Bhattacharya  criticized the ‘preponderance of probability’ clause in the new guidelines, which allows the committee to base rulings on the likelihood of a violation occurring rather than conclusive evidence, for being an unfair standard of evidence, believing such a clause can be detrimental to all students given the uncertainty it perpetuates.


An anonymous source, who has previously engaged with the CADI committee on multiple fronts, spoke on the dangerous precedent set in the newly written rules, as they believe that such guidelines put more power in the hands of the committee, allowing them to enact harsh punishments without being constrained by the need to secure substantial evidence. 


However, they also felt that the shortened timeline was an improvement in this respect, with the implicit assumption that it would enable clear and quick communication between students and the administration regarding their status at the university.


Further delving into the 9th clause that discusses fairness and burden of proof, The Edict questioned Singh about the process of validating evidence, given the decision made by CADI to accept third-party testimony and hearsay. She responded, “These will be verified in the same way as the initial complaint and the defendant's statement are verified- through the lens of reasonableness and other evidence such as CCTV footage if available.” 


She additionally commented that it is increasingly likely that such testimonies are in favor of the student rather than against them.


The Edict additionally broached the subject of the guideline outlining the change in the timeline of the reviewing process. Singh stated, “A periodic review ensures that in case the current process is flawed, it can be altered immediately rather than waiting for the annual review.” 


Moreover, she guaranteed that information would be imparted to students promptly through email in case of such changes, and they would call a town hall in case of significant modifications.


To respond to the myriad of queries and concerns put forth by the student body, the CADI committee held a town hall on 16th November 2023. Here panelists Professor Debayan Gupta and Ms. Anu Singh, confirmed that the new guidelines are essentially ratifications of procedures that have been in practice in the past.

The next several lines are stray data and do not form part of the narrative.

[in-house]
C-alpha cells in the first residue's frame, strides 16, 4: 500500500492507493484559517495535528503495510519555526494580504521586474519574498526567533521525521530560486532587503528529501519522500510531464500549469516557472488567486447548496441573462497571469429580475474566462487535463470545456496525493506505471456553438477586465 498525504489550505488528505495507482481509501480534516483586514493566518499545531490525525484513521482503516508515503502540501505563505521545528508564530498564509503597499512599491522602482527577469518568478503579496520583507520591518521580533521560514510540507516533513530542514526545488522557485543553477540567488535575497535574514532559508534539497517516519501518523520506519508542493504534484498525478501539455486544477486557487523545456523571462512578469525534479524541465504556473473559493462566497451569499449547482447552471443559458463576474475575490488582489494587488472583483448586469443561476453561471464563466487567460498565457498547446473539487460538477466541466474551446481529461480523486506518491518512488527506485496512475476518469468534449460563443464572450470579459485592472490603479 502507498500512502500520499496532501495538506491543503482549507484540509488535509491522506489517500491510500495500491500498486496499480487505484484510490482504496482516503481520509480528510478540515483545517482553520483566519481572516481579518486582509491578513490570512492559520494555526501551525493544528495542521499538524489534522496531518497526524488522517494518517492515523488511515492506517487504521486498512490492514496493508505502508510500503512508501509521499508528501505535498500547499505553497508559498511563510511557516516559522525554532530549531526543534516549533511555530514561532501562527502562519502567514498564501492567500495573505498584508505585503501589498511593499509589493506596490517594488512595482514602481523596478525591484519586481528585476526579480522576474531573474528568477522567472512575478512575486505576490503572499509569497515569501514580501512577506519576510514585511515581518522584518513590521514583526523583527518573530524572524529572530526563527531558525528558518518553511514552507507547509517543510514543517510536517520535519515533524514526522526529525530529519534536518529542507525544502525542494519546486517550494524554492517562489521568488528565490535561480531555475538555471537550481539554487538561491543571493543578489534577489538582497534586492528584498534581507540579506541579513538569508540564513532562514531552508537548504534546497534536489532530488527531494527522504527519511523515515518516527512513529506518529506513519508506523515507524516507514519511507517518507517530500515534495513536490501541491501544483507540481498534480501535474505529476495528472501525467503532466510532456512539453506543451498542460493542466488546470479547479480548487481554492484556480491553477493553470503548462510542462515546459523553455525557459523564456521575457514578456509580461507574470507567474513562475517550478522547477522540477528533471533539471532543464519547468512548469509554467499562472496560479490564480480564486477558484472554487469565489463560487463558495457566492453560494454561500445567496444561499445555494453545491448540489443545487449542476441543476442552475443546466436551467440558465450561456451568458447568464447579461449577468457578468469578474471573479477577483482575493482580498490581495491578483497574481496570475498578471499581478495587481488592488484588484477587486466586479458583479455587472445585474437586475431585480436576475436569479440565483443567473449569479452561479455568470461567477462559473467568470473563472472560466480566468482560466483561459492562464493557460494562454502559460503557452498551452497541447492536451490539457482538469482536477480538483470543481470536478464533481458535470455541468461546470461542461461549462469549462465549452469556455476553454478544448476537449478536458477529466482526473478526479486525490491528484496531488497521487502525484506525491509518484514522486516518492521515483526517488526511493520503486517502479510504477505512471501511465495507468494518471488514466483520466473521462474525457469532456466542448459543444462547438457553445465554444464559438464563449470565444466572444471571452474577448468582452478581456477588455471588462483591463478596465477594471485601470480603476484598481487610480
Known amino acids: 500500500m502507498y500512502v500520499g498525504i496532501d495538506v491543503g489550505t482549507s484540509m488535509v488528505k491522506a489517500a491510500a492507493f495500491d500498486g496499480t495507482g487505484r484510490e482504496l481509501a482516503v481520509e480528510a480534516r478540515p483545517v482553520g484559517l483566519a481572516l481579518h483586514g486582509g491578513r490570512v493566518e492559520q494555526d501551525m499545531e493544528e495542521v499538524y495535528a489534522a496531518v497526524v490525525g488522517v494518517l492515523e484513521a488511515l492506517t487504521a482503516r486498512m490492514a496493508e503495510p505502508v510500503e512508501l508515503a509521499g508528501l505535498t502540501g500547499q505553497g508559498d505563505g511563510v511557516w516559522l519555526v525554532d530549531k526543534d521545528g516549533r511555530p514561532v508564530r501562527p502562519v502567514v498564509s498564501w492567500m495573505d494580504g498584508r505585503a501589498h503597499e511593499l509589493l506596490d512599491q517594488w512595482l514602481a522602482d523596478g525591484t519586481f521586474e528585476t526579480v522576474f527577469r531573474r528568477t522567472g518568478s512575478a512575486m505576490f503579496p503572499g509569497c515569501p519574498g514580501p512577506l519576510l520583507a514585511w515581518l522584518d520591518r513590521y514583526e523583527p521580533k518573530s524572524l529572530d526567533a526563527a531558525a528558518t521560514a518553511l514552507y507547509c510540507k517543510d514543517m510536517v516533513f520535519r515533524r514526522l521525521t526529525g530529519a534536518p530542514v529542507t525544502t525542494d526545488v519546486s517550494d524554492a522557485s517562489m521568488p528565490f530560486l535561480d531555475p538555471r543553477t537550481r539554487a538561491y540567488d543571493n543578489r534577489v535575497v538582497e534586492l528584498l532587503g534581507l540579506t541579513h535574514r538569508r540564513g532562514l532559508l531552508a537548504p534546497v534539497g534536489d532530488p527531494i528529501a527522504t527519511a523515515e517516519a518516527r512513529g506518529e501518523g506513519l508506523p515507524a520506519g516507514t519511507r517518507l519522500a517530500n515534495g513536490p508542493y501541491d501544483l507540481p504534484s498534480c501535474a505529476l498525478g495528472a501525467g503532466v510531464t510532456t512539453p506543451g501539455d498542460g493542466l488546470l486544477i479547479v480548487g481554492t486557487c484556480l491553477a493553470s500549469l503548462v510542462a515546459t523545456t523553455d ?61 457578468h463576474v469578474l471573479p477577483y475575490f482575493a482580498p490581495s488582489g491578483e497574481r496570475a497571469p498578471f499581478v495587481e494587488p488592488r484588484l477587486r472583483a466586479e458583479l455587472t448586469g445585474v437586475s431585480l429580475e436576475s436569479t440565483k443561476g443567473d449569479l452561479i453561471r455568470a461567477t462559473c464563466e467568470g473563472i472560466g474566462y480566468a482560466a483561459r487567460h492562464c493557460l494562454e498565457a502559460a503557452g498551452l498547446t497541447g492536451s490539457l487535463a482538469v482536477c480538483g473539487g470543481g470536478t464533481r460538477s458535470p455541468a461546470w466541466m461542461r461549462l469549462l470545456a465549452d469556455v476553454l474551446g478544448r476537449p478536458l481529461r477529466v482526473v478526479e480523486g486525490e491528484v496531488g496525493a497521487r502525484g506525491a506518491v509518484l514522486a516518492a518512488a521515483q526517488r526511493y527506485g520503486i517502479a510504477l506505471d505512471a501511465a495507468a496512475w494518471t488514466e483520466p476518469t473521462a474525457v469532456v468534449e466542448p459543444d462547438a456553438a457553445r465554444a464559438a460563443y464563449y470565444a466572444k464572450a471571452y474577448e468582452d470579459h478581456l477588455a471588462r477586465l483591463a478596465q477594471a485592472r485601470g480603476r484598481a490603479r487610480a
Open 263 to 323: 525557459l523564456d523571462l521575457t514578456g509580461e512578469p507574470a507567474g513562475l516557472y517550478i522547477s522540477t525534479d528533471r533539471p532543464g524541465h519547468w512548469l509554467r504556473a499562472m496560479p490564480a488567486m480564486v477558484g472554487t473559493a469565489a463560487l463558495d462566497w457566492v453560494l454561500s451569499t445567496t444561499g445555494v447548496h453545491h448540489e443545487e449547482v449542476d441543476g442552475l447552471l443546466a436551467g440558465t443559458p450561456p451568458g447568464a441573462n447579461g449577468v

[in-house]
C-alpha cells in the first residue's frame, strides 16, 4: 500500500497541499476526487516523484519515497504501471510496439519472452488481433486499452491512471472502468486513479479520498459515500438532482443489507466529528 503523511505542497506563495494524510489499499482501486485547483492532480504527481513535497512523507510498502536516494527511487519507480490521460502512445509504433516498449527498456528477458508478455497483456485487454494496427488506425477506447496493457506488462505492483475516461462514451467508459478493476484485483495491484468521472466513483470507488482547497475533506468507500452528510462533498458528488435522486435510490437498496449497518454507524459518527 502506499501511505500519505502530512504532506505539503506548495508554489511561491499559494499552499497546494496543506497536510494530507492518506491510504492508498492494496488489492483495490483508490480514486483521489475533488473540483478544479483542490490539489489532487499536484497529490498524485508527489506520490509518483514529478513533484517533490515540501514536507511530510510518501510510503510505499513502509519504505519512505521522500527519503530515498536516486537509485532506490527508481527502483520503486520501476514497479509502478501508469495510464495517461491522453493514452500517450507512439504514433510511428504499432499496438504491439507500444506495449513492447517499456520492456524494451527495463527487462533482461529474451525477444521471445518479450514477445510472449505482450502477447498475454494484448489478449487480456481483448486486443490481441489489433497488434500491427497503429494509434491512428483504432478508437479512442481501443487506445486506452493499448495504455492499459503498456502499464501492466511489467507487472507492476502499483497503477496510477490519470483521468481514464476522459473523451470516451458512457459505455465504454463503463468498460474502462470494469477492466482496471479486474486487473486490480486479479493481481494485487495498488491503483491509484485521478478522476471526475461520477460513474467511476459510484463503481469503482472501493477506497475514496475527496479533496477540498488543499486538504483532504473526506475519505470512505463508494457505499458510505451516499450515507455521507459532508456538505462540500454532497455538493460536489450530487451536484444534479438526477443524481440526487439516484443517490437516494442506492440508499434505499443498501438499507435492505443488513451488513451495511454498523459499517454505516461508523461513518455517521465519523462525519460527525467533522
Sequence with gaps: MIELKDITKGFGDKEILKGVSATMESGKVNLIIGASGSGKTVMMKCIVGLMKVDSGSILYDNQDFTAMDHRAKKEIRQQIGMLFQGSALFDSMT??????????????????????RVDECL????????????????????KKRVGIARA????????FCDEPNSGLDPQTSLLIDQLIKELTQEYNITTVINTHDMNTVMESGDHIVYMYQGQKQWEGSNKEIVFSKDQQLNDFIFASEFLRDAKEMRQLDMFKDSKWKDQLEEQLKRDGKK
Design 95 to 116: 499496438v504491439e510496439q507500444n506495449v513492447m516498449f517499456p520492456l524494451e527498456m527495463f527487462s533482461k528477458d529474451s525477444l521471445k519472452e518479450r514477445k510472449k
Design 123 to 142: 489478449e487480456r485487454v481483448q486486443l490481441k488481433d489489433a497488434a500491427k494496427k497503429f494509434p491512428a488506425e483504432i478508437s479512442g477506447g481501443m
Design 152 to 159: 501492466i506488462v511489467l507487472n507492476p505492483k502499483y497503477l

During the meeting, the CADI chair, Professor Gupta pressed that the committee does not function as a government or legal body but instead works to ensure the safety and discipline of the students. 


The committee, Gupta stated, has always utilised evidence based on hearsay and preponderance of probabilities. He justified this statement by reasoning that word of mouth is usually the only available evidence since most people are likely to avoid being caught committing an act against the guidelines in person. 


Both Gupta and Singh further confirmed that the Vice-Chancellor has “always been” the sole appellate authority of the committee. 


Upon being questioned about the accusations made by former CADI student representatives on exclusion from the deliberation process, Singh confirmed, “No, there was no student involved in the deliberations, but we are very happy to take into account suggestions that are related to specific changes, and they will be considered.” 


Singh further spoke on the future involvement of student representatives in the committee proceedings, stating that two student representatives are to be present for every CADI meeting and get an equal vote as other CADI members in the deliberation process, thus making their voice essential to CADI’s functioning.


Together, they spoke on the future of meting out punishment, hoping to integrate more community work and workshops about substance abuse as corrective measures to change the campus culture rather than merely enacting suspensions.